Control

Strategic Information

Medium and long term plans

CEO

CEO PC

C: High I: High A: Med

Disclosure (gives advantage to third party)

High

15.1.1

Project plans

Short term plans.

CEO

CEO PC

C: High I: High A: Low

Medium

Disclosure (gives advantage to competitor); company might lose business

Mediu m

15.1.1

HR documen ts

Employe e records

Compan y Board

HR Manageme nt Company

C: High I: High A: Low

Medium

Disclosure of personal information

Mediu m

None; HR activities and documentati on management outsourced

Figure 9: Example of Risk Assessment with Control Analysis Included


The remaining Risk Treatment Plan requirements could be met by adding this table and by explaining the methods used for treating risk and the time frame in which the controls will be implemented to a Risk Assessment Methodology document, like the one you created in step 5. Your revised document contents might look like the following example:

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Table of Contents Introduction Preparation Scope and boundaries Security Objectives and Security Requirements Acceptable Risks Description of Major Vulnerabilities Description of Major Threats Residual Risks Uncertainty Analysis Assumptions External Dependencies Planned Improvements Effectiveness of Controls Planned Controls Assessment of Residual Risk Key and definitions Risk Value Color Scale Definitions of Confidentiality, Integrity, Availability, Accountability and the Consequences of Their Absence Definitions of key terms (such as asset, risk, threat vulnerability, information, data, control) Asset Valuation Risk Identification, Control Analysis (the Risk Assessment table) Statement of Applicability (could be a summary with pointer to detailed table in a separate document) Rational for Selecting Controls Rational for Excluding Controls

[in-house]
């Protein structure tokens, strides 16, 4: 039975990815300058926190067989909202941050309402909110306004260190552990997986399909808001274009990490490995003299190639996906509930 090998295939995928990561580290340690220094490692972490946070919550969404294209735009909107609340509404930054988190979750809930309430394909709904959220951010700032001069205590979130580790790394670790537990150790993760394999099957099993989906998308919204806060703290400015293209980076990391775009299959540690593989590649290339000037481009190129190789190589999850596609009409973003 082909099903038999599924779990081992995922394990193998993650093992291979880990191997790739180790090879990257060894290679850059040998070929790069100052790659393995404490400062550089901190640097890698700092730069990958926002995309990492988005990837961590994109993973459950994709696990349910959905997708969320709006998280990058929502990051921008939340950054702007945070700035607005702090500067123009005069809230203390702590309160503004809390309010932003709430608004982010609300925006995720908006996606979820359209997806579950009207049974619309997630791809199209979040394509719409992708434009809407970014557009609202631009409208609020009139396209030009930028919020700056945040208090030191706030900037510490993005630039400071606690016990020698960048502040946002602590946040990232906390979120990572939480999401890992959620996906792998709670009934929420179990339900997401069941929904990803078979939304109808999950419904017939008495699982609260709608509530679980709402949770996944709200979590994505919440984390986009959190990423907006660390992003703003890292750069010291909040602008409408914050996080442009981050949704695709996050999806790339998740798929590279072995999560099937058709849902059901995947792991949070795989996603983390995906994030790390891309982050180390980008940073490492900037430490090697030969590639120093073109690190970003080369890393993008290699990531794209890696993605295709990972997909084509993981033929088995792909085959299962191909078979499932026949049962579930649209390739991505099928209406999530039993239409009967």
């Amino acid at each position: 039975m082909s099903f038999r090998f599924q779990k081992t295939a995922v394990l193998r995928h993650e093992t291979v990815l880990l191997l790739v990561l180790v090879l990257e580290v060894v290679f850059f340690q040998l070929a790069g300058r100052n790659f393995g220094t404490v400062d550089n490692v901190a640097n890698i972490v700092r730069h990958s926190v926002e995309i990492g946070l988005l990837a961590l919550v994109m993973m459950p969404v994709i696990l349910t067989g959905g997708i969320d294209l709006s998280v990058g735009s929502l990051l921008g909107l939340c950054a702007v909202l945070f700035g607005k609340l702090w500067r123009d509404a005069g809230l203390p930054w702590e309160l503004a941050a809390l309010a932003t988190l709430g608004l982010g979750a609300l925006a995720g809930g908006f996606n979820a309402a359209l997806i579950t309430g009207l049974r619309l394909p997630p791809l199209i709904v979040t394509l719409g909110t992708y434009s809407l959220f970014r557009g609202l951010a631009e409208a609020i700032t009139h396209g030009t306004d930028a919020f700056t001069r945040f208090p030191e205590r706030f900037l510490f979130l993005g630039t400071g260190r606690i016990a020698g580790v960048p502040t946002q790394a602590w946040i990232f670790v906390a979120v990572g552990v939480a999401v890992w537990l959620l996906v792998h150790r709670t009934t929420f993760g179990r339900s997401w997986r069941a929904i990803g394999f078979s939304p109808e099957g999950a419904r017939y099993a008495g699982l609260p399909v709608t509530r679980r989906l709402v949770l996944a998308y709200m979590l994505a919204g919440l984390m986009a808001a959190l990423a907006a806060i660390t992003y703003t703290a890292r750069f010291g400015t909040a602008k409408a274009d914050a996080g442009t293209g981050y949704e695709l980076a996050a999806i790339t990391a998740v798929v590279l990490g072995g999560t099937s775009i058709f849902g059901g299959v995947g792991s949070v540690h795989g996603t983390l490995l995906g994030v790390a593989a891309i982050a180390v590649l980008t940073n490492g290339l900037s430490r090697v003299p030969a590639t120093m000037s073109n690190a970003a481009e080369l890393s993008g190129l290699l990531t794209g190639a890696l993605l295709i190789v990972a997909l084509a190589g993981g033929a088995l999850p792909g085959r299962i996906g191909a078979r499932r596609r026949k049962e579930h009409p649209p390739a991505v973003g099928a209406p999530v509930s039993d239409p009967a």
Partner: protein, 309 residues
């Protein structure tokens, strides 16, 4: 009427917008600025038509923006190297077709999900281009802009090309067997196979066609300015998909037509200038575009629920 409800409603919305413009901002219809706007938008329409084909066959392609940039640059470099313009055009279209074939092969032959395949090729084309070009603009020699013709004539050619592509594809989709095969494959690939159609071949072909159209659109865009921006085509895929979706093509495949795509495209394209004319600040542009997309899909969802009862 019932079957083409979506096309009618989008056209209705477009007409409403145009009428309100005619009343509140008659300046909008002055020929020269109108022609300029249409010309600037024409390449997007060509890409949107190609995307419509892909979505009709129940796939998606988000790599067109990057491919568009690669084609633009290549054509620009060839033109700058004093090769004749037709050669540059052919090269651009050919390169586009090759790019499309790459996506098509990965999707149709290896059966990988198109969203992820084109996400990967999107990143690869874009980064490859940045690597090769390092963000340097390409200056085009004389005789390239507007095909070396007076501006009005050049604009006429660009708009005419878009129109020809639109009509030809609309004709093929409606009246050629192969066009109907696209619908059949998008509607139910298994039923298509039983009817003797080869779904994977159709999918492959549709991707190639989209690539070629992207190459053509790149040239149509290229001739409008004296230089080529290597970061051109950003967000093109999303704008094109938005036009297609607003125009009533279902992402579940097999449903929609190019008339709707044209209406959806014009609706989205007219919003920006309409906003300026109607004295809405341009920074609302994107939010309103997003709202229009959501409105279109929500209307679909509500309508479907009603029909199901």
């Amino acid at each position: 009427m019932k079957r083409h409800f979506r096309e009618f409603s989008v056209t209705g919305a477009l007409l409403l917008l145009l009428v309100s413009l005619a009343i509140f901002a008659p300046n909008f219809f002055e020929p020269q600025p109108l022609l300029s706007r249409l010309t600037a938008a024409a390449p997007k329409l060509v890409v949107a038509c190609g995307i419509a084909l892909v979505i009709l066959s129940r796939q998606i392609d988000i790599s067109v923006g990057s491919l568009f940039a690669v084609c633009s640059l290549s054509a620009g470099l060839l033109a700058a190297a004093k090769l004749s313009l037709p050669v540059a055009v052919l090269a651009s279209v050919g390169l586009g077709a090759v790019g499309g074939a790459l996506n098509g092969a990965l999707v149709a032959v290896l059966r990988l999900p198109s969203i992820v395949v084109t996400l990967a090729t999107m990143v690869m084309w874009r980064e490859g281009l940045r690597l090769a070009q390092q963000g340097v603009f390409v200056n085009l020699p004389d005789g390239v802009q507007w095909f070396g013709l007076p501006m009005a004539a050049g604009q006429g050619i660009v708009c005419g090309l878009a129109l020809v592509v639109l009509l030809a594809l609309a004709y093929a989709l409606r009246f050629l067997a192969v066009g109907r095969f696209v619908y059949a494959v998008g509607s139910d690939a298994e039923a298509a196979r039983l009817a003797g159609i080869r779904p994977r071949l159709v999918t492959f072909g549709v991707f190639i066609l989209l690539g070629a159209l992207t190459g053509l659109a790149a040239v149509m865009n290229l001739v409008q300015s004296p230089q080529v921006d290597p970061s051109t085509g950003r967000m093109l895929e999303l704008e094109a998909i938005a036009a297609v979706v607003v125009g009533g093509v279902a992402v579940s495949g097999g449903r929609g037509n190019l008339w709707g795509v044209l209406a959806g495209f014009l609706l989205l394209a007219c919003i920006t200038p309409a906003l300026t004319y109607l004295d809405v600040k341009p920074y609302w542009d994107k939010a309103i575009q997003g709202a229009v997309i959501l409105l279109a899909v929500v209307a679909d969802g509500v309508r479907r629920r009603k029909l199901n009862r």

Figure 10: Example of Risk Assessment Document with Assessment Information and SOA Included Example of Statement of Applicability: The following is an excerpt of a Statement of Applicability document. The Reference column identifies the location where the statement of policy or detailed procedure related to the implementation of the control is documented. Two items in the Reference column are incomplete in this example because at this step you might not have a complete set of policies and procedures for all controls. The next step addresses the creation of additional procedures so that you can complete the Statement of Applicability.

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Statement of Applicability

Control Headline 5 5.1 Security policy Information security policy Information security policy document

App.

Compliance Statement To provide management direction and support for information security

Reference

5.1.1

yes

The Information Security Policy is provided to New Employees on their first day of employment.

Company Security Manual

5.1.2

Review of the information security policy Organizing information security Internal organization Management commitment to information security Information security coordination Allocation of information security responsibilities

yes

The Information Security Policy Roles and is reviewed by management on Responsibilities an ongoing basis as apart of document management reviews

6 6.1 6.1.1

yes

Documented in the security policy Through a security forum, training sessions, and day-today work Allocation of information security responsibilities are documented

Company Security Policy l <TBD security procedures> <TBD security procedures> Company Security Manual

6.1.2

yes

6.1.3

yes

Figure 11: Example of Statement of Applicability

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10

Set up policy and procedures to control risks